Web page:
Table 2 displays the characteristics of the included studies. Studies were conducted in the USA [19, 27], Netherlands [21], Canada [23], Australia [23, 28, 29], UK [30,31,32,33], Scotland [34], Israel [35] and Brazil [36]. All eight quantitative studies were cross-sectional in nature. Sample sizes varied across these studies and ranged between 32 to 362 respondents. Qualitative studies consisted of one qualitative descriptive [36] and four broad qualitative studies [30,31,32,33]. Qualitative study sample sizes ranged between 5 [32] and 19 [30,31,32] participants. Four articles reported on results from two studies [28, 29] and [30, 31] however, authors reported different aspects of findings in each of these articles. Five studies focused on PPD [27, 30, 31, 35, 36], three examined FP’s recognition and management of perinatal depression [19, 28, 29] one study explored PMH [32] and four studies focused on the use of antidepressants [22, 23, 33, 34].


The findings of the review are presented under three main themes generated through analysis: identification of PMHPs, management of PMHPs in primary care and barriers to care provision. These broad themes contain a number of sub-themes as illustrated in Fig. 2 and Table 5 contains excerpts from the original studies to support these findings.

Fig. 2
figure 2

Themes and sub-themes

Table 5 Excerpts from original studies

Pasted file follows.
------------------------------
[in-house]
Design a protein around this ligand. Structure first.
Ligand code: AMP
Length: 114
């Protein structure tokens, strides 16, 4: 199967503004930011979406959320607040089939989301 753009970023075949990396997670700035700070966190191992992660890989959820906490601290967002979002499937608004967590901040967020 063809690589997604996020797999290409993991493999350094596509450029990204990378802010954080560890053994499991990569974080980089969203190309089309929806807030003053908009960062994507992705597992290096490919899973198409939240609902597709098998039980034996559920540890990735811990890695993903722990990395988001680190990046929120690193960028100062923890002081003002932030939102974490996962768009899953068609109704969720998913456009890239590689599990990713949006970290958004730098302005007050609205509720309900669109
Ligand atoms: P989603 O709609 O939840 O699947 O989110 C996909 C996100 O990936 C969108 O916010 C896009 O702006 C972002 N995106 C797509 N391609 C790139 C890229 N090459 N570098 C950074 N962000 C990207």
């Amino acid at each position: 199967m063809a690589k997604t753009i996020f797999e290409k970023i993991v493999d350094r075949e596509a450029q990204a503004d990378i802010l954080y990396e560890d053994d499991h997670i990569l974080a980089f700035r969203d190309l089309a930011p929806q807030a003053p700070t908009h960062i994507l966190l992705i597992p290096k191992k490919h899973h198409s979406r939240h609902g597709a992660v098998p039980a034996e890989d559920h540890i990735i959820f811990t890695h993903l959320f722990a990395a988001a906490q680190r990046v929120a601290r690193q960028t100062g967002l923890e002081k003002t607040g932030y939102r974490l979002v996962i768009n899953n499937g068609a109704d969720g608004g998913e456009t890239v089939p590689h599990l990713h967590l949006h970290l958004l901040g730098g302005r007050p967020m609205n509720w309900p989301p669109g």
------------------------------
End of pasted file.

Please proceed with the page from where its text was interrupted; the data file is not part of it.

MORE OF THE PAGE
Identification of PMHPs

Identification of PMHPs

The theme identification of PMHPs explores timing of screening, approaches to screening and factors that influence screening practices.

Timing of screening

The timing of screening was identified in three studies. In one study [27], 71% of FP’s screened often or always at routine postpartum gynaecologic visits and 46% at well child visits. Furthermore, 70.1% of the respondents in a second study [19] reported that they screened women for PMHPs monthly/weekly/daily. However, 29.9% reported never/rarely assessing for maternal depression. On the contrary, in the third study FPs reported not routinely screening for PPD [32] (Table 6).

Table 6 Screening tools identified within studies

Approaches to screening

There was no consistent approach to screening for PMHPs. Screening focused on PPD with limited evidence of screening for anxiety or any other PMHP. A range of screening tools were used by FPs to screen for PPD (Table 6). A reluctance of FP’s to use screening instruments or actively enquire about symptoms of PPD was identified with FP’s relying on instinct or clinical intuition to alert them to the possibility of PPD [30, 31]. Similarly, FP’s appeared highly resistant to using validated screening tools and instead “privileged intuition over instrumentation” [32]. However, 83% of FP’s [35] reported that they would be willing to use a brief questionnaire to identify women with signs of PPD. Similarly, over 90% of FP’s [19] reported a willingness to implement a validated two-item screening tool.

Factors that influenced screening

Factors associated with more frequent screening included the FP being female, knowledge of the prevalence and morbidity associated with PPD, training in PPD during residency and through evidence from medical literature review [27]. Some FP’s reported consciously inhibiting disclosure if they did not have access to referral pathways and they felt that women would recover without formal interventions [30, 31]. The importance of establishing trusting relationships with women to support screening and diagnosis of perinatal depression was identified [32].

Management of PMHPs in primary care

This theme explores strategies that FP’s instigate to care for women who experience PMHPs under the two subthemes of pharmacological management and available supports.